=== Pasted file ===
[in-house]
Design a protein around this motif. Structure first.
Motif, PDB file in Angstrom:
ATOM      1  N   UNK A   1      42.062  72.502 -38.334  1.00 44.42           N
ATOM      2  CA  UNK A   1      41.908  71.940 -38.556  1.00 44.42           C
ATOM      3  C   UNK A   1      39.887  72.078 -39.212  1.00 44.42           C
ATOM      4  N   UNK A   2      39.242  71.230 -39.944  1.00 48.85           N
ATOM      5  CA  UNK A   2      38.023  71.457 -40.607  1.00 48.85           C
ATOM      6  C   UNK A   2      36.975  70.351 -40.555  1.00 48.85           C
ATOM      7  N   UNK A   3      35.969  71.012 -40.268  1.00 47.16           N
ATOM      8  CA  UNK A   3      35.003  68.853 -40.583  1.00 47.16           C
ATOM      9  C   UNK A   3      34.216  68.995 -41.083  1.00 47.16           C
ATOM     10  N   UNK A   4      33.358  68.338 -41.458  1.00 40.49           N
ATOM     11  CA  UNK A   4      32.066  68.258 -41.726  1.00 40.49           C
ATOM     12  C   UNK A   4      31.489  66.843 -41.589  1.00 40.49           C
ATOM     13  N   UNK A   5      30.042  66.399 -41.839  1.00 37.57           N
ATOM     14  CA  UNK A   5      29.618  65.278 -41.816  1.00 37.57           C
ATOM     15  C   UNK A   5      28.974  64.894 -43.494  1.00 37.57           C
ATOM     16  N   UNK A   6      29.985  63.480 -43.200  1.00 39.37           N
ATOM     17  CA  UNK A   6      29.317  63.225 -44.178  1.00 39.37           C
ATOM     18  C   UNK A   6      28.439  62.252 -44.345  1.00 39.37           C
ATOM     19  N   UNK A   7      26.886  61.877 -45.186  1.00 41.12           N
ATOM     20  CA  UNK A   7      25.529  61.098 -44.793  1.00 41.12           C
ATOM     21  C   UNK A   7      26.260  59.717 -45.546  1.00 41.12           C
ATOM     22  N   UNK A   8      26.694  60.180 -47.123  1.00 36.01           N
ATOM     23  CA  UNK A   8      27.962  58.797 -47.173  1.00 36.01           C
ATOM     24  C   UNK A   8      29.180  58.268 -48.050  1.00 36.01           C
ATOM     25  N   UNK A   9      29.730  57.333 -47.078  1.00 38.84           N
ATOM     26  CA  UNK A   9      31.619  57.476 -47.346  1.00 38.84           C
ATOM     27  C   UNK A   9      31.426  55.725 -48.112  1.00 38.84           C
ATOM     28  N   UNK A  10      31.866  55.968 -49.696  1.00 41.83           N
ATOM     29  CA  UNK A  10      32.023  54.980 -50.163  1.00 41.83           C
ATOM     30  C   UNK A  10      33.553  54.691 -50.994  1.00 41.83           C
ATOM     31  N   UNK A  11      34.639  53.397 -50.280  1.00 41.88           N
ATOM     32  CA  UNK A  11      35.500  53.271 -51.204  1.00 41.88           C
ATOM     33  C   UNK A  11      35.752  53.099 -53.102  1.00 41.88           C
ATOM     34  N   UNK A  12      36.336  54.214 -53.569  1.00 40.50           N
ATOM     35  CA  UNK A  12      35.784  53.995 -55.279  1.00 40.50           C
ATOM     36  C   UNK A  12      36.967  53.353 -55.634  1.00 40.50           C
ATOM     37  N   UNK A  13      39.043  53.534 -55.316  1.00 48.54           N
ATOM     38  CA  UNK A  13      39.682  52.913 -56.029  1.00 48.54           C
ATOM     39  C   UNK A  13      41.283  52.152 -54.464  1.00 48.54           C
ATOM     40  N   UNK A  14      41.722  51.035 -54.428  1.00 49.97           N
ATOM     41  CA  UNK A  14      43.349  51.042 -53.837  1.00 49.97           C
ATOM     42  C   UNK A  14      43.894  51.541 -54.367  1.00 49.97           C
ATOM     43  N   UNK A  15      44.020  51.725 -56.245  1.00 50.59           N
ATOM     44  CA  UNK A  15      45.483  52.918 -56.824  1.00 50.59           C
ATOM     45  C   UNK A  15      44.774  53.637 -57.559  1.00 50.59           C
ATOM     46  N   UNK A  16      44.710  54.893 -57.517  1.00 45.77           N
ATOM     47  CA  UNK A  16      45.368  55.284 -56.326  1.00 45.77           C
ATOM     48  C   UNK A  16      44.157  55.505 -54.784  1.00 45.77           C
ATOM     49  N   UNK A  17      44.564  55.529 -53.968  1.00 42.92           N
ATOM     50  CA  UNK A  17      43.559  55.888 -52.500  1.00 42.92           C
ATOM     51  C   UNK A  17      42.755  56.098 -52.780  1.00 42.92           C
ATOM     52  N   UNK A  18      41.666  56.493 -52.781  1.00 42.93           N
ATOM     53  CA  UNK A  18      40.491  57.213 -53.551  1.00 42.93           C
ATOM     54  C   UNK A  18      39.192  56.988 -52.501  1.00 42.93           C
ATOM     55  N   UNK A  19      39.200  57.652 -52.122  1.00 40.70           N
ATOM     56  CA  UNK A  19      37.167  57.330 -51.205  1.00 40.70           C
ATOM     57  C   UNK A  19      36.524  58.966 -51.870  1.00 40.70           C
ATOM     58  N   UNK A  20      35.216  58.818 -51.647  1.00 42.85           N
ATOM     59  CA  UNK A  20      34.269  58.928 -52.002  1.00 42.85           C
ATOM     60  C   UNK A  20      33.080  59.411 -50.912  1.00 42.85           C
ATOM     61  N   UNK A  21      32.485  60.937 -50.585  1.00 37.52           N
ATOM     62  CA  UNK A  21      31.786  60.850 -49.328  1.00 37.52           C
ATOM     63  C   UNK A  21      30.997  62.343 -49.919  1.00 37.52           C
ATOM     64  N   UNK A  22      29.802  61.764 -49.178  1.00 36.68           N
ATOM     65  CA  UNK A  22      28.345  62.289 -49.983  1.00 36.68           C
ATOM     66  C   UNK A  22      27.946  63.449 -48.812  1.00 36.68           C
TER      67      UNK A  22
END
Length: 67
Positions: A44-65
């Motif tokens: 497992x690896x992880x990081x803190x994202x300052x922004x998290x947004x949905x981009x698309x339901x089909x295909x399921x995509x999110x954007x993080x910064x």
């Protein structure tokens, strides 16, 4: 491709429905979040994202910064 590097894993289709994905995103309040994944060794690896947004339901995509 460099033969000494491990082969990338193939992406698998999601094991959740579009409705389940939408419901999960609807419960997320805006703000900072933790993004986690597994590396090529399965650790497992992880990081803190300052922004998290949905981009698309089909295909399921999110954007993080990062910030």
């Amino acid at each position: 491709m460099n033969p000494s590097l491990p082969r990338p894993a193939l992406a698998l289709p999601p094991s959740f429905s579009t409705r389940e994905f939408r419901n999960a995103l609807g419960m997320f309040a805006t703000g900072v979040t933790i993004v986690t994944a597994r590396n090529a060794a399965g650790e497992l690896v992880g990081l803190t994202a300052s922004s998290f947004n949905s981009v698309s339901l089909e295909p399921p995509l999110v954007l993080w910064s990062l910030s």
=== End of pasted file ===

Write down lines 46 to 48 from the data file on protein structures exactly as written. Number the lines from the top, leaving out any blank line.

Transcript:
ATOM     43  N   UNK A  15      44.020  51.725 -56.245  1.00 50.59           N
ATOM     44  CA  UNK A  15      45.483  52.918 -56.824  1.00 50.59           C
ATOM     45  C   UNK A  15      44.774  53.637 -57.559  1.00 50.59           C